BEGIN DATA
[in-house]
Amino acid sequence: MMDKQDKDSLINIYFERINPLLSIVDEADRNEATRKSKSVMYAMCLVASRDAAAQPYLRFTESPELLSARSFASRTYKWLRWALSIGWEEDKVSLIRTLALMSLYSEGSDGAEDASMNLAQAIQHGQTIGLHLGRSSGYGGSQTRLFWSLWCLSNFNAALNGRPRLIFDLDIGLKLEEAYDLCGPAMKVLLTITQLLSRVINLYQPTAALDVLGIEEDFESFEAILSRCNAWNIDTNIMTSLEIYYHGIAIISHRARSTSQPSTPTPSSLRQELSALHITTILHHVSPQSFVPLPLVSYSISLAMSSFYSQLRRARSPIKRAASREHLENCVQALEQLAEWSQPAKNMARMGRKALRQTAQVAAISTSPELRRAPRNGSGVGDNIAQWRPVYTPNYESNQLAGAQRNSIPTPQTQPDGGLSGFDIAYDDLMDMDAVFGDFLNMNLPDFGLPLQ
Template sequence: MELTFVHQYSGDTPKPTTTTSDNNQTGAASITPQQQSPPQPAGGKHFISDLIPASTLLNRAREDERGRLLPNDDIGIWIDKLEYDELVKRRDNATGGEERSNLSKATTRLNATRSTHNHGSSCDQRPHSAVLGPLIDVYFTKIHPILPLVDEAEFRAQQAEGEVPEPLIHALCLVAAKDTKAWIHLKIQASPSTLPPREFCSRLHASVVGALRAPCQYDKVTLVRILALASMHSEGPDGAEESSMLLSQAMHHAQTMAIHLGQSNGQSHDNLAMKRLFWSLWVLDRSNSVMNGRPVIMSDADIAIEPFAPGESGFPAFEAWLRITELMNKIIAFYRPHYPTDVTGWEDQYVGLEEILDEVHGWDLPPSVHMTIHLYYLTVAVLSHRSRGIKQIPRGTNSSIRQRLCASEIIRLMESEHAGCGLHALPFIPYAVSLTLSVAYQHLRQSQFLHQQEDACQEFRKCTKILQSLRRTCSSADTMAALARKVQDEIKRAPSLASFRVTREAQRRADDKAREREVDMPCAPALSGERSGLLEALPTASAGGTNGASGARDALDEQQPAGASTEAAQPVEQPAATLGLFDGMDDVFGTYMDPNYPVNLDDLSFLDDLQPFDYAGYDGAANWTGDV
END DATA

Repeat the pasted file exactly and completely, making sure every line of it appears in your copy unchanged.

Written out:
[in-house]
Amino acid sequence: MMDKQDKDSLINIYFERINPLLSIVDEADRNEATRKSKSVMYAMCLVASRDAAAQPYLRFTESPELLSARSFASRTYKWLRWALSIGWEEDKVSLIRTLALMSLYSEGSDGAEDASMNLAQAIQHGQTIGLHLGRSSGYGGSQTRLFWSLWCLSNFNAALNGRPRLIFDLDIGLKLEEAYDLCGPAMKVLLTITQLLSRVINLYQPTAALDVLGIEEDFESFEAILSRCNAWNIDTNIMTSLEIYYHGIAIISHRARSTSQPSTPTPSSLRQELSALHITTILHHVSPQSFVPLPLVSYSISLAMSSFYSQLRRARSPIKRAASREHLENCVQALEQLAEWSQPAKNMARMGRKALRQTAQVAAISTSPELRRAPRNGSGVGDNIAQWRPVYTPNYESNQLAGAQRNSIPTPQTQPDGGLSGFDIAYDDLMDMDAVFGDFLNMNLPDFGLPLQ
Template sequence: MELTFVHQYSGDTPKPTTTTSDNNQTGAASITPQQQSPPQPAGGKHFISDLIPASTLLNRAREDERGRLLPNDDIGIWIDKLEYDELVKRRDNATGGEERSNLSKATTRLNATRSTHNHGSSCDQRPHSAVLGPLIDVYFTKIHPILPLVDEAEFRAQQAEGEVPEPLIHALCLVAAKDTKAWIHLKIQASPSTLPPREFCSRLHASVVGALRAPCQYDKVTLVRILALASMHSEGPDGAEESSMLLSQAMHHAQTMAIHLGQSNGQSHDNLAMKRLFWSLWVLDRSNSVMNGRPVIMSDADIAIEPFAPGESGFPAFEAWLRITELMNKIIAFYRPHYPTDVTGWEDQYVGLEEILDEVHGWDLPPSVHMTIHLYYLTVAVLSHRSRGIKQIPRGTNSSIRQRLCASEIIRLMESEHAGCGLHALPFIPYAVSLTLSVAYQHLRQSQFLHQQEDACQEFRKCTKILQSLRRTCSSADTMAALARKVQDEIKRAPSLASFRVTREAQRRADDKAREREVDMPCAPALSGERSGLLEALPTASAGGTNGASGARDALDEQQPAGASTEAAQPVEQPAATLGLFDGMDDVFGTYMDPNYPVNLDDLSFLDDLQPFDYAGYDGAANWTGDV